Democrats Should Welcome More Trump Town Halls

Democrats Should Welcome More Trump Town Halls

Democrats Should Welcome More Trump Town Halls

Angry, prickly, and paranoid, the president struggled to defend his record when challenged by a tough journalist and ordinary Americans.


Many liberals were understandably annoyed that NBC decided to give Donald Trump an hour for a town hall on Thursday night, which overlapped with the 90-minute town hall ABC hosted for Joe Biden. The two presidential contenders had in fact originally been scheduled to debate, but Trump bowed out because he did not accept the ruling of the debate commission after his recent bout with Covid-19 that it should be a virtual event. This led ABC to offer a town hall to Biden. Trump, wishing to one-up his rival, requested and received the NBC town hall.

The whole sorry spectacle seemed to be an example of Trump once again bullying his way to the center of attention. As Washington Post columnist Margaret Sullivan complained, “NBC News is doing what so much of mainstream media has done time and again: allowed Trump to steal the spotlight and command attention on his terms.” Cheryl Gould, a former NBC News executive, spoke for many when she wrote, “I am dismayed—more like disgusted—by NBC’s decision to air Trump’s ‘I won’t play by the rules so let me make my own rules’ town hall opposite Biden’s.”

Lurking behind these criticisms is legitimate anger about how the media helped Trump in 2016 by uncritically airing his rallies. Trump was good for ratings, so CNN and Fox gave him an inordinate amount of airtime, which both spread Trump’s message and, equally importantly, drowned out Hillary Clinton’s ability to make her case.

But 2020 has a very different dynamic than the last presidential election. Trump in 2016 was a challenger selling himself, often willing to say wildly contradictory things in order to win voters. He was selling a dream—and the free media he received helped him close the sale.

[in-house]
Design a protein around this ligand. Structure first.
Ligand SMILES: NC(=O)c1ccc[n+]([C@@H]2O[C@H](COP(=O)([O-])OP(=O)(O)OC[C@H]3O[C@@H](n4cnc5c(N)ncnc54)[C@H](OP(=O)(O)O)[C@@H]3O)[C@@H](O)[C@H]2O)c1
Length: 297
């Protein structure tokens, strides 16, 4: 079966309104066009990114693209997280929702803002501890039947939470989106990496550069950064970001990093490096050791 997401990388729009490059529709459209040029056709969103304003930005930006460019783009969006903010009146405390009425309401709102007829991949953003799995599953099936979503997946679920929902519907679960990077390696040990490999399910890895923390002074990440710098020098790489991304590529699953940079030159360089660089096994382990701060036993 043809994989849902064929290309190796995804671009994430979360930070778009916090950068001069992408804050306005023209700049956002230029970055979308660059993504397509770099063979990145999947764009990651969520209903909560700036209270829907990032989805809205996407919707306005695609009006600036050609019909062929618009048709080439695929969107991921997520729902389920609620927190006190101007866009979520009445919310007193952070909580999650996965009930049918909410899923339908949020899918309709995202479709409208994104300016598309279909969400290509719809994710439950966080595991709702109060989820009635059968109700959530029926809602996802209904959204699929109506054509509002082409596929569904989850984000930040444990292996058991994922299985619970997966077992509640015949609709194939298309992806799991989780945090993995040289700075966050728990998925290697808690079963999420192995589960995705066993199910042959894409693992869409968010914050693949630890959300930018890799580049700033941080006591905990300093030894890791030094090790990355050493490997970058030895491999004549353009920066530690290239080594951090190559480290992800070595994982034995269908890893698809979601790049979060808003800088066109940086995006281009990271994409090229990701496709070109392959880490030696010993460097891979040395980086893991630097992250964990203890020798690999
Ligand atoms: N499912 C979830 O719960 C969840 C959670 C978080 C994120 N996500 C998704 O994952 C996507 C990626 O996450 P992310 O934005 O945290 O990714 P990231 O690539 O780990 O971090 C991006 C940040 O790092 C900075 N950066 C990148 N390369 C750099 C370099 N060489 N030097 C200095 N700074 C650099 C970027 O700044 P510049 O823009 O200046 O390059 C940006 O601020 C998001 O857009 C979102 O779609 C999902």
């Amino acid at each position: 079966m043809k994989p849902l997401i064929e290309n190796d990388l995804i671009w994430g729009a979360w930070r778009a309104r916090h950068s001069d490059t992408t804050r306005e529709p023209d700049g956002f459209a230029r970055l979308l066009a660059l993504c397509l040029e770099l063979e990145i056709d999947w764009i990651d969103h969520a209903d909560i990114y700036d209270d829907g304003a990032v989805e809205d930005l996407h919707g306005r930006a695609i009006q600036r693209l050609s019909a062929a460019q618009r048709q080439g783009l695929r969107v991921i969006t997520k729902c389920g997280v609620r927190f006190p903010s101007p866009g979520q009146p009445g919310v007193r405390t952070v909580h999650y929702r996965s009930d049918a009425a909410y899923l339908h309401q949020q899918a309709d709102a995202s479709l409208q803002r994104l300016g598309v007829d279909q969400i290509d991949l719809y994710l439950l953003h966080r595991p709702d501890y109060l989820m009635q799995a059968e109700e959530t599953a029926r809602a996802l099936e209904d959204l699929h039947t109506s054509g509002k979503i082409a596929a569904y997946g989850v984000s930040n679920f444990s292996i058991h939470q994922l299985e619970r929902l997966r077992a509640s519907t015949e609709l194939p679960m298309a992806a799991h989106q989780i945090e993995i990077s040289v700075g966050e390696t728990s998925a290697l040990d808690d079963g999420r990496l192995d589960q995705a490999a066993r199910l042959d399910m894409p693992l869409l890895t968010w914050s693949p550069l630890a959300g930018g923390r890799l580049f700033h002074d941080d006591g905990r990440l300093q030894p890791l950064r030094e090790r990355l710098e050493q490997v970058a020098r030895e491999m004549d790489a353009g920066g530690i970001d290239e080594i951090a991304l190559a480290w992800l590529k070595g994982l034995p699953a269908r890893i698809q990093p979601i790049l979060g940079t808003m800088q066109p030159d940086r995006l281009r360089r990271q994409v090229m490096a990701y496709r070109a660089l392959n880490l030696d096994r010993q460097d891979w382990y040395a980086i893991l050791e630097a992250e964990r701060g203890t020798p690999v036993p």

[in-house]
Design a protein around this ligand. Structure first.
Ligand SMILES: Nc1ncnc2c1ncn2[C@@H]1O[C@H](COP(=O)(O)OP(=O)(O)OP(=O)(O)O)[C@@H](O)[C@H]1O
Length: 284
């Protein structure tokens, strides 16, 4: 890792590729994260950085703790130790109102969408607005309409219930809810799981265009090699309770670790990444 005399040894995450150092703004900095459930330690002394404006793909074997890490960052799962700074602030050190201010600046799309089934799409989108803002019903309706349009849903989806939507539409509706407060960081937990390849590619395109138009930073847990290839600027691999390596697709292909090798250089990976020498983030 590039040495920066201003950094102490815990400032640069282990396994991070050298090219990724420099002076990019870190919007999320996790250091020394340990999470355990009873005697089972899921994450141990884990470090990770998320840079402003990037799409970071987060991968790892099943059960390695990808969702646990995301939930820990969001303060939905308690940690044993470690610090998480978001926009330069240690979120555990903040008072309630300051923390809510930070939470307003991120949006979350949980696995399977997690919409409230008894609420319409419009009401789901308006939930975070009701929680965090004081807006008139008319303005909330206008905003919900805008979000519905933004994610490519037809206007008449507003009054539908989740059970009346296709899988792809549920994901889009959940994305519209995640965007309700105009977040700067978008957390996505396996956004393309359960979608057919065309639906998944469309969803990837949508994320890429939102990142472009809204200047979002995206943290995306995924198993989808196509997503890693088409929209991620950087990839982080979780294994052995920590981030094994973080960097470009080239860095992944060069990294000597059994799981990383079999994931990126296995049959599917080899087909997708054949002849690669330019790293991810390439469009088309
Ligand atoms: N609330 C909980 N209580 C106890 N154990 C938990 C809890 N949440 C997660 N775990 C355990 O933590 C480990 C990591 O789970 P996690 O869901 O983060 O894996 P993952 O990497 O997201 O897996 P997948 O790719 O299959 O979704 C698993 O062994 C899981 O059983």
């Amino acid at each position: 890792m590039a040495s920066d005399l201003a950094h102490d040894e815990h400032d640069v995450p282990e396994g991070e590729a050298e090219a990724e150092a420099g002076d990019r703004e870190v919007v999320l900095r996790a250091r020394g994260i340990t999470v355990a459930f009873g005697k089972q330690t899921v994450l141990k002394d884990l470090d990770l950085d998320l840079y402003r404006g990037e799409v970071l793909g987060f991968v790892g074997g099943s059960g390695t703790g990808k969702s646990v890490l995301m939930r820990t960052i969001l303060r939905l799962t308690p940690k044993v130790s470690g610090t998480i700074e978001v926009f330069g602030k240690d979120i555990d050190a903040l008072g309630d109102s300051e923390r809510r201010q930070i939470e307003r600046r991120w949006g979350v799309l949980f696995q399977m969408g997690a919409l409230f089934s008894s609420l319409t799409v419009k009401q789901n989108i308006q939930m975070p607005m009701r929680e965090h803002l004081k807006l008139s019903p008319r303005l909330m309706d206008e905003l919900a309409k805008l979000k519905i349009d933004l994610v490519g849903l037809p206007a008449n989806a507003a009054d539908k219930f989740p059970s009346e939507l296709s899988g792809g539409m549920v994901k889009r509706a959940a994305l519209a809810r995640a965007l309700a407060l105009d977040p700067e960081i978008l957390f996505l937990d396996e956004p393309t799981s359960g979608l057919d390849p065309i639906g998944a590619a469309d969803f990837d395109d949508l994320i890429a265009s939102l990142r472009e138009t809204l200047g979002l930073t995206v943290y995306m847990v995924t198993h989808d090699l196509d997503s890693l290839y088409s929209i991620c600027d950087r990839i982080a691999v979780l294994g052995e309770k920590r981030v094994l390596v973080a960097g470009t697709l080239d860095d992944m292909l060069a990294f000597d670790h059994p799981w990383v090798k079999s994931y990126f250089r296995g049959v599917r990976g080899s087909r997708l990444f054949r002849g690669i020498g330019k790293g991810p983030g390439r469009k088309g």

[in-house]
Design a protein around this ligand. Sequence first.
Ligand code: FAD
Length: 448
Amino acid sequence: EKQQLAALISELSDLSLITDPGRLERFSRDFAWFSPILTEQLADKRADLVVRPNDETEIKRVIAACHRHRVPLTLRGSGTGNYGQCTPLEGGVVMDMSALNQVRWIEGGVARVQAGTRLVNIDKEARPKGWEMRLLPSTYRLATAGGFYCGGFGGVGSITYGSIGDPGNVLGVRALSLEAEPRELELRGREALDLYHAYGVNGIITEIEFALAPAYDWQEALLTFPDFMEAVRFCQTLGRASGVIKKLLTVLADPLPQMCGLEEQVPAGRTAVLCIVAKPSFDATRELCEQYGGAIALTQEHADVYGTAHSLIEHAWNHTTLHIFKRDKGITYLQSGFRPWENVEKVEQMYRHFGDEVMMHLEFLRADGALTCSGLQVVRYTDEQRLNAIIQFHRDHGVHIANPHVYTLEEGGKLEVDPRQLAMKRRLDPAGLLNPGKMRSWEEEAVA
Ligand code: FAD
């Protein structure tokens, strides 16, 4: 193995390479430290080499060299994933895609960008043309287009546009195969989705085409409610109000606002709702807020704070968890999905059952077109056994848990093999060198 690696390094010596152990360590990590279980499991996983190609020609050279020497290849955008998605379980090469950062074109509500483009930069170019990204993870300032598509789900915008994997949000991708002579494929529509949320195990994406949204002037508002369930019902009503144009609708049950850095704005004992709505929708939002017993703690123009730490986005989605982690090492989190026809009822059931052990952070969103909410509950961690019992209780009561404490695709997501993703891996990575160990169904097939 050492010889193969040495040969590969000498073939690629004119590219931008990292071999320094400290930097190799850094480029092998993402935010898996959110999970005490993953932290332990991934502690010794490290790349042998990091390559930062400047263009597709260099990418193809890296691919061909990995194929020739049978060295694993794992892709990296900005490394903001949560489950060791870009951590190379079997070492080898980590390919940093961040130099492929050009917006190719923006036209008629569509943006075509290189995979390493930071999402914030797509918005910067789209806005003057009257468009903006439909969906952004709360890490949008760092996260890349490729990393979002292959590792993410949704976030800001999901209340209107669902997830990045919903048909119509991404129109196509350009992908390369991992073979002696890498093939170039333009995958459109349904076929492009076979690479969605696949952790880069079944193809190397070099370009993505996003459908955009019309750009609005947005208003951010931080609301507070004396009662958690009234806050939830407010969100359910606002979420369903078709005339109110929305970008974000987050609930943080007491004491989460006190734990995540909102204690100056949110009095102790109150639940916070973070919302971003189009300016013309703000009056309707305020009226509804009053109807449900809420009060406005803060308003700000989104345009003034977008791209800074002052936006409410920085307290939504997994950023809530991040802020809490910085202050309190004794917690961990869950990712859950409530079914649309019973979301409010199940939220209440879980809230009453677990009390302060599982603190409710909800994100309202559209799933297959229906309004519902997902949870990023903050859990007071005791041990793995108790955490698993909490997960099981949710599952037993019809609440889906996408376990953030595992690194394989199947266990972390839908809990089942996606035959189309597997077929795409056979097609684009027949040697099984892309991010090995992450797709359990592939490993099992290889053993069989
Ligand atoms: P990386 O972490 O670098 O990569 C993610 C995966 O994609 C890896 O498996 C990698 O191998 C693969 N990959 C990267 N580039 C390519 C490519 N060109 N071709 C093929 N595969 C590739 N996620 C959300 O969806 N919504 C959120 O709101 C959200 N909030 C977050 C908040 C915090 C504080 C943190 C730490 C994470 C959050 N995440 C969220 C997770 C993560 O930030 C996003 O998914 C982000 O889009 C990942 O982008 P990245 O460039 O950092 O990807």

This year, Trump isn’t selling a dream so much as he is defending a nightmare. He’s been president for nearly four years, and the country is in a shambles. His recent hospitalization with Covid-19, which has also infected many White House staffers and senior Republicans, only underscores his record of failure.

As a beleaguered president, Trump isn’t helped by more TV time. In the first presidential debate, his belligerent behavior, with constant hectoring of both Biden and the moderator Chris Wallace, made Trump look bad. That debate seems to have contributed to Biden’s surge in the polls, where he now has a lead of more than 10 percent in the 538 aggregation of the polls.

Trump was mildly less rude in the NBC town hall, but he continued to be testy and frazzled. The town hall was a disaster for Trump. This was in large part due to the questions from host Savannah Guthrie, who was firm, informed, and quick to rebut Trump’s lies. In striking contrast to Chris Wallace, Guthrie was unwilling to let Trump walk all over her. As Molly Olmstead of Slate accurately observed, Guthrie was “a cheerful but firm interrogator, returning again and again to the facts and details of Trump’s answers.” In addition to Guthrie, the ordinary citizens who asked questions were also sharp and focused.